EADS provides the external communications External Communications System (ECS) which enables Astute to communicate over all the frequency ranges used for tactical communications transmitting voice, data and imagery. ECS is installed on the submarine's command deck module and is controlled by a special software enabling system operation by a single person from a central workstation.

Undoubtedly the most important set of sensors fitted to Astute is Sonar 2076.  This is a very advanced, fully integrated, passive/active search and attack sonar suite supplied by Thales UK. Outboard, the suite comprises large flank arrays with smaller square passive ranging arrays positioned at each end, plus an additional square installed aft.  There is also a conformal passive/active bow array, a chin mine and obstacle avoidance array, and intercept arrays (one UHF intercept array under the chin, and probably one atop the fin). Small fore and aft domes on the fin cover cylindrical underwater telephone arrays. Mounted on deck forward is the Intercept Array Transducer Hull Outfit 51R; this is in a free-flooding, carbon fibre dome forward that closely resembles the prominent PARIS array fitted to many RN submarines over the last twenty year.  Outfit 51R is optimised to receive returns from active sonar transmission from other warships. The 2076 suite also has a 1,200 metre long fibre optic towed array with a 400 metre cable; the towed array is reelable.

 Inboard of Astute are all the processing cabinets and user consoles associated with Sonar 2076. Software is used to generate a sonar picture which can be displayed in the control room. Astute is currently fitted with the 2076 Stage 4 system but she will be upgraded with new hardware and software to the latest Stage 5 standard by 2011 - this essentially replaces legacy hardware with the latest commercial off-the-shelf components and utilises a more open architecture. Boat 4 (Audacious) will be fitted from build with 2076 Stage 5 and a new Thin Flank Array. The current flank array is the largest acoustic sensor fitted to any submarine in the world, but it's heavy and is costly to fit. Improvements in acoustic materials technology allow a significant reduction in the weight of the array without losing performance, and also a simplification of the installation process. It is intended that the same technology will be used to simplify the bow array fitted to Boat 5 onwards.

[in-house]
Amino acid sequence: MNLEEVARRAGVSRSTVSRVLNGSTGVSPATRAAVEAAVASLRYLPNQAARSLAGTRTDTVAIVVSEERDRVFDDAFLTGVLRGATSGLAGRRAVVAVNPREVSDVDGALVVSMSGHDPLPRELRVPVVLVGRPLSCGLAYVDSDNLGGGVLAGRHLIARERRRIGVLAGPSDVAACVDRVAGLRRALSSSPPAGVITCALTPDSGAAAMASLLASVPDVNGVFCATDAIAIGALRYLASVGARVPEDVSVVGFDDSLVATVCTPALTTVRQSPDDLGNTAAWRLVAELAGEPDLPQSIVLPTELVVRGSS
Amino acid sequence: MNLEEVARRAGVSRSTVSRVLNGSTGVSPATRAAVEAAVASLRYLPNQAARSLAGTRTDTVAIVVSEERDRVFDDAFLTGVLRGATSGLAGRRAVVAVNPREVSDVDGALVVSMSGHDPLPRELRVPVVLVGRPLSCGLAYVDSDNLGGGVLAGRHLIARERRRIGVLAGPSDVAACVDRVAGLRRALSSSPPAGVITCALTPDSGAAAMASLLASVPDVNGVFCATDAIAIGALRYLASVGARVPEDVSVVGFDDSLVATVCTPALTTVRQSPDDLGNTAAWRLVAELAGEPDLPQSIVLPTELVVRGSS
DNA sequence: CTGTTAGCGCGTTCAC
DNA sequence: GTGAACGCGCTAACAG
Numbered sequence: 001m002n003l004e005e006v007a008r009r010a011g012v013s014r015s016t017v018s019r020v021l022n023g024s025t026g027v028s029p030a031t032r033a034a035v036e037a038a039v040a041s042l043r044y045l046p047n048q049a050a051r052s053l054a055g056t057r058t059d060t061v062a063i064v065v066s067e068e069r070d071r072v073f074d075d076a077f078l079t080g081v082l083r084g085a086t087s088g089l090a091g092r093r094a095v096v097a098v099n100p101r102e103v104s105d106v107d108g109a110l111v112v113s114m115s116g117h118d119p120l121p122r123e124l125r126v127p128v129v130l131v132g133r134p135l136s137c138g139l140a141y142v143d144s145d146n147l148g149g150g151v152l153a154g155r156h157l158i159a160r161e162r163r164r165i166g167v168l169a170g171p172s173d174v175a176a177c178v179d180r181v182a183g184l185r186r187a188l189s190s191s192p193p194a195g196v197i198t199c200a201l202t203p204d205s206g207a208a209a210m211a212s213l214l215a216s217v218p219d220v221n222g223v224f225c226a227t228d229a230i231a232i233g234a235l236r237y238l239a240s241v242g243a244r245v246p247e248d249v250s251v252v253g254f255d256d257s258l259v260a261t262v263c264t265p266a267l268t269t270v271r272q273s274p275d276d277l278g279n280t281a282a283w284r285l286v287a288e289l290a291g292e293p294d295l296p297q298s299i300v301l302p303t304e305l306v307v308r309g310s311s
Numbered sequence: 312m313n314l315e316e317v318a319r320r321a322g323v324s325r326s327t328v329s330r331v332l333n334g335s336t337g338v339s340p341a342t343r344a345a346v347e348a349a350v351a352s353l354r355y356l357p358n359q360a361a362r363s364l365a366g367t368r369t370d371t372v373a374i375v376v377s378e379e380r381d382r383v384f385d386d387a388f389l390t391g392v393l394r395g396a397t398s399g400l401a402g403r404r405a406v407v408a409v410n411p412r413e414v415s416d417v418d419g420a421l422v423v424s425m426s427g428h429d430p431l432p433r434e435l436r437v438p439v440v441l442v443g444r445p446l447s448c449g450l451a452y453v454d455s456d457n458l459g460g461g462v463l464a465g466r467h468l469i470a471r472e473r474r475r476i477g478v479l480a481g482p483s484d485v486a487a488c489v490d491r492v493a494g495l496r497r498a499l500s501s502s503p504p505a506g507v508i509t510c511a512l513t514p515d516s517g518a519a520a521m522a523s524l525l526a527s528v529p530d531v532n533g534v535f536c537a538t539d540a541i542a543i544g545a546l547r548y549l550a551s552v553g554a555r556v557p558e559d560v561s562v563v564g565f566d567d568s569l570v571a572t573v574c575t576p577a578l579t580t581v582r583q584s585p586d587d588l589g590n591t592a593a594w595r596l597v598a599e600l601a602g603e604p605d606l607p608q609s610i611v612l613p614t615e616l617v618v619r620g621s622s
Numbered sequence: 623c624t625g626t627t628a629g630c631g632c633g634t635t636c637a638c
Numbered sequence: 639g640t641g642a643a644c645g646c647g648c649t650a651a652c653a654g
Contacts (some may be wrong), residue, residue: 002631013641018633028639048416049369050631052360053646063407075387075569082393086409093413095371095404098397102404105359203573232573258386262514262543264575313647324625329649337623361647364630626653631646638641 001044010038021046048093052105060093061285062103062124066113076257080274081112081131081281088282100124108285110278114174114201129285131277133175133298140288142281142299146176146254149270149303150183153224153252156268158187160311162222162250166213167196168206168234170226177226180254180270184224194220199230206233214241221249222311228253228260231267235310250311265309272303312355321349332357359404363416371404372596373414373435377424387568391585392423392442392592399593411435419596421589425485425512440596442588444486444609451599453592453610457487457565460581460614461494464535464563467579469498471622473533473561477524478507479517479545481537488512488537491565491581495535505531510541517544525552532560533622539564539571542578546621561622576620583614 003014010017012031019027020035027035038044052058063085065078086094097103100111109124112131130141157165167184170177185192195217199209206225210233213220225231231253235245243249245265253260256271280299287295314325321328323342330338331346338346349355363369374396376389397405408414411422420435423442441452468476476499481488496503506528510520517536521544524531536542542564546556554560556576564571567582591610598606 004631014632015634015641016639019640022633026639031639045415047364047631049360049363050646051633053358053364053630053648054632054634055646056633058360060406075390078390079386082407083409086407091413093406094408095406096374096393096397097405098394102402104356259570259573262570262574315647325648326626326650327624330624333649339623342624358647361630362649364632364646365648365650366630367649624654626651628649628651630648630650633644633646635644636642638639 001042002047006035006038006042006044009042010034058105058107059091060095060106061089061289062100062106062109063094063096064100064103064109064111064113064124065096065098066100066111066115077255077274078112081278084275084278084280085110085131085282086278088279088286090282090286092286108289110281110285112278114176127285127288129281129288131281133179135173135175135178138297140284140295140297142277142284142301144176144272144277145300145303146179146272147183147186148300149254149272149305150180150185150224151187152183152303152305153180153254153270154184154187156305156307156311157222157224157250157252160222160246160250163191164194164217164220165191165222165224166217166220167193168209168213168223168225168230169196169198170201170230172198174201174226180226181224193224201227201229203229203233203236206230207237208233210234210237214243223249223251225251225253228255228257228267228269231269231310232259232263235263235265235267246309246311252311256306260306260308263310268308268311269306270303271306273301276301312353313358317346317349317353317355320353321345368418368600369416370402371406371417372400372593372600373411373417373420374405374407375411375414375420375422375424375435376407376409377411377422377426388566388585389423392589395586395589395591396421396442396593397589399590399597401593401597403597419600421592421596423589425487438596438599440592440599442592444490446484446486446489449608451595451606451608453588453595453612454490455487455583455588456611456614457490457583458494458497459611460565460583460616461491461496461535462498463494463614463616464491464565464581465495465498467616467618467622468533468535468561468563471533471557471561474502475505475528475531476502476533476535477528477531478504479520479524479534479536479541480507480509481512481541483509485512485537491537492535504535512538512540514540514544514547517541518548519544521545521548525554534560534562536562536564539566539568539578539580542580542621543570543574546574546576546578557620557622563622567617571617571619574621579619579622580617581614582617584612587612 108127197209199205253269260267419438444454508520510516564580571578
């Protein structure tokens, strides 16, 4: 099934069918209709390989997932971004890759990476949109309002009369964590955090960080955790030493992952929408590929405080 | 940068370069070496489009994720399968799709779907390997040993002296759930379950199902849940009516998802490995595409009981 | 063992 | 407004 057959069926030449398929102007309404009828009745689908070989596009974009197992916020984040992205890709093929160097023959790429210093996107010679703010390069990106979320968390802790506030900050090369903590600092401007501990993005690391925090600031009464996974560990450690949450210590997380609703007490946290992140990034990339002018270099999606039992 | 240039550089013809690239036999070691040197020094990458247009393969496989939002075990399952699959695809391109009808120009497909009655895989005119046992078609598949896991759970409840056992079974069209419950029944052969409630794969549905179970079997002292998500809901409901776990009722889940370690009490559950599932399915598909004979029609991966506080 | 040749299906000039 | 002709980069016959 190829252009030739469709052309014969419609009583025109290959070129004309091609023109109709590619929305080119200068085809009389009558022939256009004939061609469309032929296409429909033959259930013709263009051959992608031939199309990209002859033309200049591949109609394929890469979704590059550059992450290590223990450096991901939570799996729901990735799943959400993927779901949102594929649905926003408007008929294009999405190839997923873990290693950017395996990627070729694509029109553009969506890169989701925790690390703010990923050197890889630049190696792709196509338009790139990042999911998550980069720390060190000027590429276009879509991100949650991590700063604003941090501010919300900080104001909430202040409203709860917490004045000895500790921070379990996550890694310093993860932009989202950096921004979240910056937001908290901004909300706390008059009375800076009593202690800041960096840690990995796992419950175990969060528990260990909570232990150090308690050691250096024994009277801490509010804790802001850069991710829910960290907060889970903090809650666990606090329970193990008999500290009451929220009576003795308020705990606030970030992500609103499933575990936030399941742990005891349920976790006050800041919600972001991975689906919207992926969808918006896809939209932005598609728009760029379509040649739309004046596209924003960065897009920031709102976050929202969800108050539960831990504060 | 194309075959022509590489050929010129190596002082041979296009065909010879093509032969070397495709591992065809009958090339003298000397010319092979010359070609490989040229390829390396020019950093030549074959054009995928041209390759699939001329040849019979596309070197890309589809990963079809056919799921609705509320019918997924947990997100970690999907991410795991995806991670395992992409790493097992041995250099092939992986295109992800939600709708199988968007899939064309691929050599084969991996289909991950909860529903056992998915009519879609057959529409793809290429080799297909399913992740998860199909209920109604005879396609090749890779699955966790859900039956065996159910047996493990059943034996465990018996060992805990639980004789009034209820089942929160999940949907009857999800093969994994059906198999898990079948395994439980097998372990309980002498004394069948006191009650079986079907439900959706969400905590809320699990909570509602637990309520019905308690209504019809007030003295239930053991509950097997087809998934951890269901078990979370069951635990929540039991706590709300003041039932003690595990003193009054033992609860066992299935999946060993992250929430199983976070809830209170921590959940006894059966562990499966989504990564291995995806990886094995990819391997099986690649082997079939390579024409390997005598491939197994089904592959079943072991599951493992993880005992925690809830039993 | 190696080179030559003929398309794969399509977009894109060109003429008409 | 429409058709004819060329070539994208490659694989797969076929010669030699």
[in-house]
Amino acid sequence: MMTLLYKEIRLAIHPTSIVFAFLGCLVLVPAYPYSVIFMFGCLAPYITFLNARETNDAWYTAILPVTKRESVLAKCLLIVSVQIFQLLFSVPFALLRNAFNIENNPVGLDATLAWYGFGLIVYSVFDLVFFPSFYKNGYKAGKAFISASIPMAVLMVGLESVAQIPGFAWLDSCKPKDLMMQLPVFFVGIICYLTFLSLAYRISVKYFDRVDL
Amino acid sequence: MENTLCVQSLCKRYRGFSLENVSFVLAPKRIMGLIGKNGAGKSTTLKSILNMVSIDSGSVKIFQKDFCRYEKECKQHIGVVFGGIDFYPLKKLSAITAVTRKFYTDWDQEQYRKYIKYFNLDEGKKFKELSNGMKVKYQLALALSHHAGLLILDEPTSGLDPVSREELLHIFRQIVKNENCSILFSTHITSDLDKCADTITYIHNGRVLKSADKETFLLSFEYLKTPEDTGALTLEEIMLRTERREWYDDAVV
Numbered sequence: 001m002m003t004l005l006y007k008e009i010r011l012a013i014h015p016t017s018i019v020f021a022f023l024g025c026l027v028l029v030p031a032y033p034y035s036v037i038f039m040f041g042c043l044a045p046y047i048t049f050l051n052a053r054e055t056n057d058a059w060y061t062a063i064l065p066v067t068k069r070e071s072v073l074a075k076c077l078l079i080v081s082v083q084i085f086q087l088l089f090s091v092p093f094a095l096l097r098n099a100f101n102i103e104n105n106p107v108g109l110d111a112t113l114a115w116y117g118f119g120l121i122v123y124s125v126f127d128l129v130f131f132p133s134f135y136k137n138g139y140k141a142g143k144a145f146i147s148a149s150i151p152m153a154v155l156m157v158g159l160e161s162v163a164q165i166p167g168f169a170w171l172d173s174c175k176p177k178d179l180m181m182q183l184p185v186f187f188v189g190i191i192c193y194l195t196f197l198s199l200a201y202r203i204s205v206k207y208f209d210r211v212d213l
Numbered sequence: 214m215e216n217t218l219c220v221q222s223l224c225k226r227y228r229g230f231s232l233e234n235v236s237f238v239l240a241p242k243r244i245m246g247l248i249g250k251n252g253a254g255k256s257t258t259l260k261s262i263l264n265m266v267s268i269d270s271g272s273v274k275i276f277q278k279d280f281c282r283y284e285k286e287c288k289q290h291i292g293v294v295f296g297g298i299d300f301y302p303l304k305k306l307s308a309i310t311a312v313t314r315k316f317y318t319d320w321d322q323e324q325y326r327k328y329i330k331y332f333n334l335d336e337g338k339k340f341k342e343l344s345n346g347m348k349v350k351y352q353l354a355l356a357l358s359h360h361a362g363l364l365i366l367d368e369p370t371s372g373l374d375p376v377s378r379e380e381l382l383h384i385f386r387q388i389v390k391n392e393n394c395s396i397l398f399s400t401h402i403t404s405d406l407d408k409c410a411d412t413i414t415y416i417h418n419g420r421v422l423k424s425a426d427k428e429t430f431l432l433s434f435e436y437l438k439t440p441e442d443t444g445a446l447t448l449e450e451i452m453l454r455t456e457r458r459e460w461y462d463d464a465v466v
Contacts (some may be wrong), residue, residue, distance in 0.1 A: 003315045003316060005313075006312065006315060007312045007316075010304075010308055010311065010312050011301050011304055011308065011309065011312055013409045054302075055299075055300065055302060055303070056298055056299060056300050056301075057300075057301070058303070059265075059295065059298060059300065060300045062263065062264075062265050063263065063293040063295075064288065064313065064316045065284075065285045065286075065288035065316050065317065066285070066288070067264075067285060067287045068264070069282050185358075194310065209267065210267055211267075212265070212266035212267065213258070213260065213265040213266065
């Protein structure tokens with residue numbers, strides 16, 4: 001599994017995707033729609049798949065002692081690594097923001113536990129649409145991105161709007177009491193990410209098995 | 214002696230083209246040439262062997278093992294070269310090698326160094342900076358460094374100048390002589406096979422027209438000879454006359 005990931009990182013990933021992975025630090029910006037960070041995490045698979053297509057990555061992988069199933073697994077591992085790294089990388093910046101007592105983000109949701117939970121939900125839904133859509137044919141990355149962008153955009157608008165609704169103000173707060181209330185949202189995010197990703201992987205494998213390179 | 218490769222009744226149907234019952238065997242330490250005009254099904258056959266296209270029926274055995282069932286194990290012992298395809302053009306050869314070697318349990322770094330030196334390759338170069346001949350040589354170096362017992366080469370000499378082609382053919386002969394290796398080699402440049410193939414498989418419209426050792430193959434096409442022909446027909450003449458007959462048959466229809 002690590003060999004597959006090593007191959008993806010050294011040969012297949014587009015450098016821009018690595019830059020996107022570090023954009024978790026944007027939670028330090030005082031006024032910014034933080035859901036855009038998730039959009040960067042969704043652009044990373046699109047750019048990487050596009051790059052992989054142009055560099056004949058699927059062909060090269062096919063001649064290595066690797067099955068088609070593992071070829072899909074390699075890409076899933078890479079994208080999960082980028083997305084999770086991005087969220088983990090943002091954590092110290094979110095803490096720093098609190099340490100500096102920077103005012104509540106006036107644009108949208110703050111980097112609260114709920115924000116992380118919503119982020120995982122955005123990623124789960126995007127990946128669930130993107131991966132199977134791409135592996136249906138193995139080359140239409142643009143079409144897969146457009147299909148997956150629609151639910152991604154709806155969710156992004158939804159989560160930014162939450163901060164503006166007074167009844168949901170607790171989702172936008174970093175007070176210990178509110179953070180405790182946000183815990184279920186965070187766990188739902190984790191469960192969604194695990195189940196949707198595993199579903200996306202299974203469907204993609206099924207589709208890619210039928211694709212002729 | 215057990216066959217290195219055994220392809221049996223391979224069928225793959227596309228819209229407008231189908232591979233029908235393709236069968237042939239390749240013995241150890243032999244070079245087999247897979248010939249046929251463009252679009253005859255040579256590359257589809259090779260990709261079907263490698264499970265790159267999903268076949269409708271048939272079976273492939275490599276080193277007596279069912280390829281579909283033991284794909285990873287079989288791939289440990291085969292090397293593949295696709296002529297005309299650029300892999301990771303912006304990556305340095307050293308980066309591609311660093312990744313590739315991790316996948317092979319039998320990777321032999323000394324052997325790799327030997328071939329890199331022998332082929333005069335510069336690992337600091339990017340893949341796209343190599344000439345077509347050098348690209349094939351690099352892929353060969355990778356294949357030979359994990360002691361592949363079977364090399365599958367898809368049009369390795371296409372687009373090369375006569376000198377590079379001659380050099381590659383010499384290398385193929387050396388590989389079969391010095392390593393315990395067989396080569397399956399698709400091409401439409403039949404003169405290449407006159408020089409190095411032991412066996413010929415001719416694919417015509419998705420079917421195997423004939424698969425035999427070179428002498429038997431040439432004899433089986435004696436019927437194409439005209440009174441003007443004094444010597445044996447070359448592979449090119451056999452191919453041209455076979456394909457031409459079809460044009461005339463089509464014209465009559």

Astute is currently fitted with the Astute Combat Management System (ACMS).  This has three sub-components: an upgraded version of the Submarine Command System (SMCS) originally designed for the Vanguard class submarines in the 1980's for tactical information and torpedo weapon control; a  command support system that can show the recognised maritime picture, and a command workstation which can receive periscope and other video. The three systems are interfaced over an Ethernet network, SCMS also connects to the Sonar 2076 suite and other important systems using the fibre optic based (FDDI) Tactical Weapons Systems (TWS) Highway. The ACMS layout includes seven multifunction consoles – six on the tactical side of the Control Room and one on the sonar side. Each console includes two 18-inch flat screen displays, a keyboard and mouse.

The introduction of ACMS and Sonar 2076 Stage 5 will be a major step towards deploying the future Common Combat System (CCS) later this decade. CCS is being developed by the Astute Innovative Combat System Rainbow Team led by BAE Systems Submarines Solutions; it also comprises Insyte, Thales, QinetiQ and SEA. It's expected that all of the Astute's will eventually be fitted with CCS.

In terms of weapons, Astute has six 21 inch torpedo tubes and capacity for thirty-eight full loads, such as fourteen Tomahawk missiles and twenty-four Spearfish torpedoes. These can be substituted by equivalent load-outs, for example two Sea Urchin mines can be carried instead of one torpedo.